“I didn’t attend the service, to honor Officer Katherman’s family’s preference that most of the members of the City Council not attend,” Liccardo wrote. “The tragedy of Mike’s loss makes the wishes of his family paramount over any other consideration.”

Other council members would only discuss the matter on condition that they not be identified due to the sensitivity of the situation. “I was just told we were not invited,” said one council member Tuesday. “It’s frustrating because we want to pay our respects. But the Police Officers Association apologized and said it’s the family’s wish.”

While council members said they weren’t given a specific reason, they said they believed it stemmed from tensions between the mayor and council and city employees — especially police officers — over Measure B pension reforms.

Although Liccardo settled the pension dispute last year and the city is now asking a judge to repeal Measure B, bad blood remains between the mayor and the rank-and-file police who backed his opponent.

There were two exceptions: Councilman Raul Peralez, a former police officer who served with Katherman, and Councilman Ash Kalra, who had opposed Measure B. Also in attendance were City Manager Norberto Dueñas and four county supervisors.

Shunning politicians at police officer funerals is rare but not unprecedented. Liccardo attended slain officer Michael Johnson’s funeral last year, though he did not speak. In Oakland, police did not allow Mayor Ron Dellums to speak at the funeral for the four officers who were killed on the same day in 2009. In New York, thousands of city police officers last year turned their backs while Mayor Bill de Blasio eulogized a slain officer, angry over his perceived support for anti-police protests.

But a San Jose council member banned from Tuesday’s service said, “I’m not offended by it.”

“When people die,” the council member said, “they have a right to have the funeral the way they want to.”

San Jose Police Officers Association President Paul Kelly said in a statement that an “ounce of respect and remembrance for Officer Katherman’s sacrifice is all his family requested on this very difficult day.” He criticized the newspaper for reporting the family’s request to exclude the mayor and council members, saying it valued “chasing a salacious headline over common decency.”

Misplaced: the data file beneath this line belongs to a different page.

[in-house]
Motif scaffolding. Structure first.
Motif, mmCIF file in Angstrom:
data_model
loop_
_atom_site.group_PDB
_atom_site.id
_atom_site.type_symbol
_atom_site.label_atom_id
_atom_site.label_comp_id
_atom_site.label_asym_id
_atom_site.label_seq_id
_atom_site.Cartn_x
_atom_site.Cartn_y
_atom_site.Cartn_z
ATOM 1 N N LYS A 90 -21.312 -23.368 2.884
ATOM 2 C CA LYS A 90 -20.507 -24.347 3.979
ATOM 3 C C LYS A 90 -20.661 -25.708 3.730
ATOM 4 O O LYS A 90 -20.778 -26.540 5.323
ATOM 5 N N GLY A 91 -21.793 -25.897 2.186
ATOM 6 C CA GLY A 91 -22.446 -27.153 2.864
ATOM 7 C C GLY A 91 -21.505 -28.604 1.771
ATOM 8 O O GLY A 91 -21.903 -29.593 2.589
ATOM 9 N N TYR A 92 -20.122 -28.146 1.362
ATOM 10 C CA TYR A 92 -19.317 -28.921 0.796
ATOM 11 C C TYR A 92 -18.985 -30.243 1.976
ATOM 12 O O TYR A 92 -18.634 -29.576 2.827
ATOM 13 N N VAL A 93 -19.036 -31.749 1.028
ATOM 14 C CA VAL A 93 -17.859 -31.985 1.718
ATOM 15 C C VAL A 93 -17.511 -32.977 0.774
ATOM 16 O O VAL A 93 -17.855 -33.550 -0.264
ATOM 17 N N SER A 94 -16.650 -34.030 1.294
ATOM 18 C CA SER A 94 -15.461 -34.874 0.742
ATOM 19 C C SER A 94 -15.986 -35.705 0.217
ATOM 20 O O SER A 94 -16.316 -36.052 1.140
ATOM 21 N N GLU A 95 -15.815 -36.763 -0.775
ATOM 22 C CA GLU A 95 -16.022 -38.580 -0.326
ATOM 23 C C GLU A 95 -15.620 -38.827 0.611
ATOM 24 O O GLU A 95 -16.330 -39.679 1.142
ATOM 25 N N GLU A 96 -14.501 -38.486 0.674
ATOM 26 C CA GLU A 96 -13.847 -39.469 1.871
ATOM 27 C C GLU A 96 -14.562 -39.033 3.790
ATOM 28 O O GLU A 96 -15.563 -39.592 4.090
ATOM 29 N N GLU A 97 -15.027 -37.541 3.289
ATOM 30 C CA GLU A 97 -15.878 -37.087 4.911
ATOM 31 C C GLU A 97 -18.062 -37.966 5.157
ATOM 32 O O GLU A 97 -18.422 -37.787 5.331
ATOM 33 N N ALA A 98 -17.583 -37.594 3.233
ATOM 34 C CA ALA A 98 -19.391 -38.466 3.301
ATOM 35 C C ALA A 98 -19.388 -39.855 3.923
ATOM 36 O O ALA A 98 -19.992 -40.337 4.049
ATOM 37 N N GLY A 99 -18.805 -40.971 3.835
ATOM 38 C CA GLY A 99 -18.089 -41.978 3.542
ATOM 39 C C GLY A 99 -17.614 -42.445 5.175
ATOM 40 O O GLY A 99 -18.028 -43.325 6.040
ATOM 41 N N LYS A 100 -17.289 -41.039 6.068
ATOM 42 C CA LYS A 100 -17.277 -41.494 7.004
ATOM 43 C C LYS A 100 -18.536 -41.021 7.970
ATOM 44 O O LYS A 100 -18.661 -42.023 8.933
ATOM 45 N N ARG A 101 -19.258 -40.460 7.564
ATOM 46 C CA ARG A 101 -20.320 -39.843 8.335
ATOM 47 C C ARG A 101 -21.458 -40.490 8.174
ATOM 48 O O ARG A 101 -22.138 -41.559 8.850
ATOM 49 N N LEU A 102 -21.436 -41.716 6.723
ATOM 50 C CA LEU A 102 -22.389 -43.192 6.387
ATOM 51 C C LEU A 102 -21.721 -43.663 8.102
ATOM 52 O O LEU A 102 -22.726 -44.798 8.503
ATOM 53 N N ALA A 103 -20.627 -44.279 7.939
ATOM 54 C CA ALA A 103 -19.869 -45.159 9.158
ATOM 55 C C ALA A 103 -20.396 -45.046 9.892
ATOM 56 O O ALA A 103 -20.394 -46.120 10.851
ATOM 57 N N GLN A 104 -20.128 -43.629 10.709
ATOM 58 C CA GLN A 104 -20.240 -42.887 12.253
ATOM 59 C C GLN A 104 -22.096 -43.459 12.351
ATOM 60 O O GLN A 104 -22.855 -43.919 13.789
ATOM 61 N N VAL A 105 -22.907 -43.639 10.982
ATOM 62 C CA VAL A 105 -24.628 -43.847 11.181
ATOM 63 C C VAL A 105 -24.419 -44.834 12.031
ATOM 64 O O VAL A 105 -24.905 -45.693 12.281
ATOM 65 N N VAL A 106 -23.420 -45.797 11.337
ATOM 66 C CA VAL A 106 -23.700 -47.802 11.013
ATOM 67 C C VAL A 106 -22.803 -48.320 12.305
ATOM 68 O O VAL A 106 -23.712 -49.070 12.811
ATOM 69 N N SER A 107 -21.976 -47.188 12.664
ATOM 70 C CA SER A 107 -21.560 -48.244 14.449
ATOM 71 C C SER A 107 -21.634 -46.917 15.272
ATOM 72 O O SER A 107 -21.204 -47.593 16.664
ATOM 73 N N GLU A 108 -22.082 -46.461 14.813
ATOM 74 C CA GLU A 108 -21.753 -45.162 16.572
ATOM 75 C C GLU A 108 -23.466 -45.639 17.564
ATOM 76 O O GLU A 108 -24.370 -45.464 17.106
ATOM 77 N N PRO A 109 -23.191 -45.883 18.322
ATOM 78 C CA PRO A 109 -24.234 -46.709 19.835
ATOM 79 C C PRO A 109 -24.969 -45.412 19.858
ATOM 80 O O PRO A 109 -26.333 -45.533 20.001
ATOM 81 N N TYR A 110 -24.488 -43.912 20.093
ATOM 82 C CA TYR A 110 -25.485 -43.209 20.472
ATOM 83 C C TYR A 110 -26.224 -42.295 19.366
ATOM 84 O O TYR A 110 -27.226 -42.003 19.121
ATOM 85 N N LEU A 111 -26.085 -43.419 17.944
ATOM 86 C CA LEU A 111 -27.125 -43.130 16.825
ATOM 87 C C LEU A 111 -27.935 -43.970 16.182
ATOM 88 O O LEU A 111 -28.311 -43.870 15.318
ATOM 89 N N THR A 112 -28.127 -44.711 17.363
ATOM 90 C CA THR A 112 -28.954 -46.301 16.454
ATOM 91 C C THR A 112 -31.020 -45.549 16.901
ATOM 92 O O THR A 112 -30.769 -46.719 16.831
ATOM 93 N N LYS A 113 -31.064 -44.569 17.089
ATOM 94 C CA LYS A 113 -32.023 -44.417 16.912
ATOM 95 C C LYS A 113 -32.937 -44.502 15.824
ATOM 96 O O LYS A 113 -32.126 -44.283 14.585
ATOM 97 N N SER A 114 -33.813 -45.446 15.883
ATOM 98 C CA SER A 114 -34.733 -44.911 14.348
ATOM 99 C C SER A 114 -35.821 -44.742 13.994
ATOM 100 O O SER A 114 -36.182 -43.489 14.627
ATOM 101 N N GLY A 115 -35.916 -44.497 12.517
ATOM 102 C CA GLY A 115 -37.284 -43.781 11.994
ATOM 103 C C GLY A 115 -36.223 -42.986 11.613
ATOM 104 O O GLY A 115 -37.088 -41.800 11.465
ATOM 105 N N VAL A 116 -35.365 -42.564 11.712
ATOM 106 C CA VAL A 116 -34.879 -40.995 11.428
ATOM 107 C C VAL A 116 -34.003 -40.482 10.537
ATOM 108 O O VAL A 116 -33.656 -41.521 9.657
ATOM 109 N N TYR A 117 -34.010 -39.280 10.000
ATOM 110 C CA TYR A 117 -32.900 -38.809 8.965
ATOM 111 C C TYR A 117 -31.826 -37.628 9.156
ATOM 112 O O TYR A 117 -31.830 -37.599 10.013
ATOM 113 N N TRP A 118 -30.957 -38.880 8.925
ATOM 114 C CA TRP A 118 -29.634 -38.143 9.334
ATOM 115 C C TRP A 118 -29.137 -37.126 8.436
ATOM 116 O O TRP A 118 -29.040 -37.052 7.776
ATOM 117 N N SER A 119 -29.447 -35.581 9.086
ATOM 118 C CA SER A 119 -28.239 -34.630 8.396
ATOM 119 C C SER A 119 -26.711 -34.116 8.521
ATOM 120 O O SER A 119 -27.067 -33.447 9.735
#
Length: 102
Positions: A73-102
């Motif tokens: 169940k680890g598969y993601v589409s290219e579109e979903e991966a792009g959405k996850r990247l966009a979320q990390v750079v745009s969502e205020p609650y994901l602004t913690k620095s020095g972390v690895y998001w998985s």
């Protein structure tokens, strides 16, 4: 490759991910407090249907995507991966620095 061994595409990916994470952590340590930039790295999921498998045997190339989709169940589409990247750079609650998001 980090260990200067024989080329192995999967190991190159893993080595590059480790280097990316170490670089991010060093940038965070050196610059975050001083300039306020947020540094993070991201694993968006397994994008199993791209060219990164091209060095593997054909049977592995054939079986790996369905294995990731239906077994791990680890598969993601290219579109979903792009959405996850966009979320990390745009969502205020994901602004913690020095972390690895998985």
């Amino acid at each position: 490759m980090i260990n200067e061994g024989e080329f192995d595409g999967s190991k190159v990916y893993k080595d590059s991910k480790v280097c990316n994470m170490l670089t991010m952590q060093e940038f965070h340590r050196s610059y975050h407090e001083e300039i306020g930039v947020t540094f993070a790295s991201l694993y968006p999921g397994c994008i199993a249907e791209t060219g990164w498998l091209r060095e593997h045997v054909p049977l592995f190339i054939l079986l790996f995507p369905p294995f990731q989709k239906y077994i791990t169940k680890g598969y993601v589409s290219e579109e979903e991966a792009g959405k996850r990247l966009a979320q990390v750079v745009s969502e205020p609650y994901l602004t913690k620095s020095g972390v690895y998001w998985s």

• • • • •



Bay Area agencies filled the BFO Briefing Room in preparation for patrolling the
streets of San Jose so SJPD personnel could attend Tuesday’s memorial service.


• • • • •

Several videos related to Mike’s memorial service were posted on YouTube by the local media as well as citizens in support of the SJPD. Below are just a few. To see more, go to
<> and type “Katherman Funeral” into the search field.

This is Michael on the left.

• • • • •



The following information was posted on Facebook on June 16th.
(Photos are from Al’s Facebook page.)

We wanted to pass this info along as I know my father was known by veteran and retired officers. Sorry, I was unable to attach the obituary to this post.

It is with a heavy heart that we announce the passing of (Retired Assistant District Attorney) Al Weger, our loving husband and father. He went home to be with the Lord on June 11, 2016, at the age of 76.    

Services will be held on Tuesday, June 28th, 2016 at 11:30 a.m. at: Venture Christian Church Worship Center, 16845 Hicks Rd., Los Gatos, CA  95032.

Luncheon will served immediately following the service upstairs in Venue Two.

Al’s wife and daughters would greatly appreciate having your stories and or memories of Al memorialized. If you are willing to share, please bring a written copy to place in the memory basket or mail to: The Wegers, P.O. Box 1434, Los Gatos, CA  95031

In lieu of flowers, donations designated in Al Weger’s memory may be made to either: